Port St. Lucie police responded to reports that an extremely large snake had been feasting on cats.
Photo credit: Port St. Lucie Police Department
PORT ST. LUCIE, Fla. -- Under a bright morning sun, police Sgt. John Holman worked to keep the roughly 120-pounder squirming on the ground beneath him under control.
And at nearly 12 feet long, this wasn't some pint-sized perp.
"It's solid muscle," Holman said Friday.
Earlier in the day, Port St. Lucie police went to the 600 block of Southeast Faith Terrace after getting reports from people of an extremely large snake that neighbors believe has been feasting on neighborhood cats.
Holman, who long has maintained an interest in reptiles and snakes, arrived and found a dead cat in an empty lot.
The veteran investigator went into waist-high brush and spotted the Burmese python.
Then he called for back-up.
The python, a nonvenomous constrictor, is native to South Asia and can grow in excess of 20 feet long, according to the Florida Fish and Wildlife Conservation Commission. They have been reported in South Florida since the 1980s, and are considered an ecosystem threat.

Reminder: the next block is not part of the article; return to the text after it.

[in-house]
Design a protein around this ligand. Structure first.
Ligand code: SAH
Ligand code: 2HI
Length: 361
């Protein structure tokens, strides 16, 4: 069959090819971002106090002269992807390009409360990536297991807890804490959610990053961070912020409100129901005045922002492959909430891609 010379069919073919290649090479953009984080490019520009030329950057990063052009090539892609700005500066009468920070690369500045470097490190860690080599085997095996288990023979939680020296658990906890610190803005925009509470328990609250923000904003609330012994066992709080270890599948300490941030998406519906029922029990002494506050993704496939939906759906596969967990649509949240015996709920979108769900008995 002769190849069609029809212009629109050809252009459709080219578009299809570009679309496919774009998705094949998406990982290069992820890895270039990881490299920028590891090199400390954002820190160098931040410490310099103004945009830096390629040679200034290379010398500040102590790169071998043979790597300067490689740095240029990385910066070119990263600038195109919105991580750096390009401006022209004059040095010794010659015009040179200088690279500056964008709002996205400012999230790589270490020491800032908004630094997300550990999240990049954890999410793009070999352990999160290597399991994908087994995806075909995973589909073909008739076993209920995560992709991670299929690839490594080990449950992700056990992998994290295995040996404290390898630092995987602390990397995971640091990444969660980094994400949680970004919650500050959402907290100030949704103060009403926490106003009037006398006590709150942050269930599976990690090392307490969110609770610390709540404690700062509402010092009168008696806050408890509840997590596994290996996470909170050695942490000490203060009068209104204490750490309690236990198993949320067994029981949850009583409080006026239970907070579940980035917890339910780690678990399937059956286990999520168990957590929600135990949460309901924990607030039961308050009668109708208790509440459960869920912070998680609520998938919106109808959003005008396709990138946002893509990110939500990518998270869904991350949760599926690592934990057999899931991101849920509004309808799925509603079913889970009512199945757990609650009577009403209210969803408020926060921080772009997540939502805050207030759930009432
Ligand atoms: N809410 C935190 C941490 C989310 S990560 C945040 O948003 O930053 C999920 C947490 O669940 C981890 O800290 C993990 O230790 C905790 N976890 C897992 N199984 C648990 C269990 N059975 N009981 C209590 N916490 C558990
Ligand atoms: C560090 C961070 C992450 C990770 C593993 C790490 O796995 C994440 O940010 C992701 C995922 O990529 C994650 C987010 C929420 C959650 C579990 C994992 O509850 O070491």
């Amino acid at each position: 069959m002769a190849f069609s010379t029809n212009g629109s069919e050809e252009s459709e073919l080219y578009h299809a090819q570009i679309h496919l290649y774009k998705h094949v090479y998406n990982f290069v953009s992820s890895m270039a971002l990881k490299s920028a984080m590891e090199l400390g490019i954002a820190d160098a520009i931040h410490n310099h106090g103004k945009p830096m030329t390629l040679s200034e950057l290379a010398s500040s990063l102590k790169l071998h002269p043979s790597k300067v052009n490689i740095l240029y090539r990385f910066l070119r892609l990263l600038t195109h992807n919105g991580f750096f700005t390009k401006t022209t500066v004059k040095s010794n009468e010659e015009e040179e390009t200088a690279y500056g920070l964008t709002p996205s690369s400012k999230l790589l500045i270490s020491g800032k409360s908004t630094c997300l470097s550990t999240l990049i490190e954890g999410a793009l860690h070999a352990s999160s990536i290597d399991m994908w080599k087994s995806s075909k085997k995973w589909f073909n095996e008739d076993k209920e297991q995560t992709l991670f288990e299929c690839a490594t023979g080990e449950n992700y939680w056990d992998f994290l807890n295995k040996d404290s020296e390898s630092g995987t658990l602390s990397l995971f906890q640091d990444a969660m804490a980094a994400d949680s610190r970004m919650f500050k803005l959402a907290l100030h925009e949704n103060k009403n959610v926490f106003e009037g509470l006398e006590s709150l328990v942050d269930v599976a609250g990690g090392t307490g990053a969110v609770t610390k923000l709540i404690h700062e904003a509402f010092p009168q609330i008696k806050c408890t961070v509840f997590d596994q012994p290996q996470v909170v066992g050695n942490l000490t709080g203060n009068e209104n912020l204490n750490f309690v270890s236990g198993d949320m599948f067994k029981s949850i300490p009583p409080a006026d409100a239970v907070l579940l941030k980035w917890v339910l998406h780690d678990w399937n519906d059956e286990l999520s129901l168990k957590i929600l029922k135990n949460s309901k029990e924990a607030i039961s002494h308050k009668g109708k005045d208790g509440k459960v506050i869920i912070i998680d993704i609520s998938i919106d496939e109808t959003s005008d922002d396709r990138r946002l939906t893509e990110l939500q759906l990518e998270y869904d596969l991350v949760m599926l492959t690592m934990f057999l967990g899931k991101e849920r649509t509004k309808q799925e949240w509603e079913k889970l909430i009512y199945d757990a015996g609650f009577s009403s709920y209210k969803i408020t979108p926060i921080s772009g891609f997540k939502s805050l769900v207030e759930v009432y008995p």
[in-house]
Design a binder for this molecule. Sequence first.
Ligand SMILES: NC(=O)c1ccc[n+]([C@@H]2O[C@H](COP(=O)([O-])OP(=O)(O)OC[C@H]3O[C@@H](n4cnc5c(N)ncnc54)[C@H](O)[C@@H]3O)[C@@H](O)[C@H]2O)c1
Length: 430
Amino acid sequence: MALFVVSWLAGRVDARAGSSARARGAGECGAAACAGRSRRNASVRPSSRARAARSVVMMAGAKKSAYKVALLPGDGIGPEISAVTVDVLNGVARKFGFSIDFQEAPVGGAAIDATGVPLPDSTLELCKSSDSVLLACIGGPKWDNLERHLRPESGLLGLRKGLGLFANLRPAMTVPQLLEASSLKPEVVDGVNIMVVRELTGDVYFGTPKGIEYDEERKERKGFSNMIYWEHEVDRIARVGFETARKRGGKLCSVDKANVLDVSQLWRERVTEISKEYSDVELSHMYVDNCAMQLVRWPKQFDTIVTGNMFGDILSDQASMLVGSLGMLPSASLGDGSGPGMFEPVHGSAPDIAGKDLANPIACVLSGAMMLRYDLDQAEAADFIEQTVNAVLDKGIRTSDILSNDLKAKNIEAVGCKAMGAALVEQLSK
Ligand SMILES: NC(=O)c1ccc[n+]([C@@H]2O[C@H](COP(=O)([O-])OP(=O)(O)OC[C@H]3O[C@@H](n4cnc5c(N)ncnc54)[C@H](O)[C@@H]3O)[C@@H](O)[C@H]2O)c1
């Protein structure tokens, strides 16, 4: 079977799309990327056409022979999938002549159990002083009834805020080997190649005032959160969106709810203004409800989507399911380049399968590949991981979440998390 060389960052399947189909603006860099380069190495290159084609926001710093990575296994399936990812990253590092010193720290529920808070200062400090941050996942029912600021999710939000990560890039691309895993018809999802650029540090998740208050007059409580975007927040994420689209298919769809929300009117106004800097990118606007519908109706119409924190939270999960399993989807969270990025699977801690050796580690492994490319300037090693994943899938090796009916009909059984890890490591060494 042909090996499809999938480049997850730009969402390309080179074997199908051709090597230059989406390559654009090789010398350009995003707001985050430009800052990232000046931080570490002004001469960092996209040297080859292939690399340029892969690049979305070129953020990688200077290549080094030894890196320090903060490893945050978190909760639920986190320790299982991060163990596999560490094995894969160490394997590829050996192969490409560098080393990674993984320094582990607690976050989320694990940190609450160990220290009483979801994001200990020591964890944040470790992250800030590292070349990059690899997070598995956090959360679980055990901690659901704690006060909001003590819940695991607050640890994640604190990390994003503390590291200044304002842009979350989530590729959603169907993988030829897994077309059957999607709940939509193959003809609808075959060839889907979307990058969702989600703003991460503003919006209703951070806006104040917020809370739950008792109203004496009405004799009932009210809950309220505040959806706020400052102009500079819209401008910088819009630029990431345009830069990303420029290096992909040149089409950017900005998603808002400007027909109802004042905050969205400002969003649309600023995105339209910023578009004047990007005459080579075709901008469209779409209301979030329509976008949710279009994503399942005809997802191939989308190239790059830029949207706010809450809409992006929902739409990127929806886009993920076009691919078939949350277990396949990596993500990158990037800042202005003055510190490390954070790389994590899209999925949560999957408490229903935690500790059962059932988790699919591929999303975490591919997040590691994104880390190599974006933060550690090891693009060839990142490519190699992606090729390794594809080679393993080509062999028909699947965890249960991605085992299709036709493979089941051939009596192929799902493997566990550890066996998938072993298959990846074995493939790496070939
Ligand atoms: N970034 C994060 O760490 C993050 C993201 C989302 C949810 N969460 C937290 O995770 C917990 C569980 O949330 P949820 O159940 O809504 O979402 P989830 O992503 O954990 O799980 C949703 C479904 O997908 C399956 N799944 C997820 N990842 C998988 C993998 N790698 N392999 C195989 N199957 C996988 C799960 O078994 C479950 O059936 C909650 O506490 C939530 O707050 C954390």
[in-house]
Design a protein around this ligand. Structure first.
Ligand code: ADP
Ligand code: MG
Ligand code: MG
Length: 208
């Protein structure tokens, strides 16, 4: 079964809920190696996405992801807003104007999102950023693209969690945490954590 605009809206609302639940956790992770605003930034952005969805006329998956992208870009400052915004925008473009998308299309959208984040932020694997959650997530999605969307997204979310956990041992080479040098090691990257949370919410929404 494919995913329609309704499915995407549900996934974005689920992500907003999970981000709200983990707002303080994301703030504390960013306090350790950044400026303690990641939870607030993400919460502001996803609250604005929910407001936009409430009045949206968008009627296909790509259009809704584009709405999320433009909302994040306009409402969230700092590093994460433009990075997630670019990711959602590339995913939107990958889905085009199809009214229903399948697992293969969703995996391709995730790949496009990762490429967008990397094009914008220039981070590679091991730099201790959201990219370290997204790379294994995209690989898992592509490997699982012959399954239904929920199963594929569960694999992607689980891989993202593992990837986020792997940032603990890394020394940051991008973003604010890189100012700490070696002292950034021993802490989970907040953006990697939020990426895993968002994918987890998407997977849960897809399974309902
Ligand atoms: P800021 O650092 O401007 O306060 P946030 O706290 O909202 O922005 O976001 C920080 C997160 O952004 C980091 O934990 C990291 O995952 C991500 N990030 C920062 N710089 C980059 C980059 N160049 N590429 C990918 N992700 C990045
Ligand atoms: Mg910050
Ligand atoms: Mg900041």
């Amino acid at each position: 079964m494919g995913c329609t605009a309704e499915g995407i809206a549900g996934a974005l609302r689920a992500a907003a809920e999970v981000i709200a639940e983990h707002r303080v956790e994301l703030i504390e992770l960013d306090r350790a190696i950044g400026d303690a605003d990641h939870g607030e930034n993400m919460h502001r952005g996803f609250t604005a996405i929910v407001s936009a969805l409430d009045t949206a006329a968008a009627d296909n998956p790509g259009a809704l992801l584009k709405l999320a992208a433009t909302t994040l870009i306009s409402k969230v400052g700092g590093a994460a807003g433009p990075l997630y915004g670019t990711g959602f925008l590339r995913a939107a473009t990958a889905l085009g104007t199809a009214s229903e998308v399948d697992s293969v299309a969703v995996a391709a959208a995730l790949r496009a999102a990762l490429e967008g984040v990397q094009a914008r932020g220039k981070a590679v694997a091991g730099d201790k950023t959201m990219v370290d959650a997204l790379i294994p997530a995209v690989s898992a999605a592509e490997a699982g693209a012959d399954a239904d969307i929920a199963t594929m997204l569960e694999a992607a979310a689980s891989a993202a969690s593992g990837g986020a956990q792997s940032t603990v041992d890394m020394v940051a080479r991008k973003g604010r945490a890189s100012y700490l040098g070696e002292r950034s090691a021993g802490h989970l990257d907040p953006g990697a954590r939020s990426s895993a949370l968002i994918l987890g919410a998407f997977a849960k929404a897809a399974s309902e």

This particular one, Holman said, likely was someone's pet.
Master Sgt. Frank Sabol, police spokesman, said in his more than 22 years as an officer he has never encountered a snake that large.
Holman said at that size, the snake could pose a threat to small children as well as pets.
"Seeing something this big, stay away, you don't need to be messing with this unless you know about snakes, know about what they do, their habits," Holman said. "Call either animal control or the police department or (Florida Fish and Wildlife Conservation Commission)."
According to the FWC, Burmese pythons are no longer allowed as pets.
Properly licensed dealers, researchers and public exhibitors still can acquire them. Burmese pythons that were pets on or before July 1, 2010, can stay with the owners, who must have a license to keep them, according to the FWC.
Holman said he already has contacted people with permits, and that the snake, which he thought is a female, will go to a good home.
Copyright 2014 - Treasure Coast Newspapers, Stuart, Fla.
McClatchy-Tribune News Service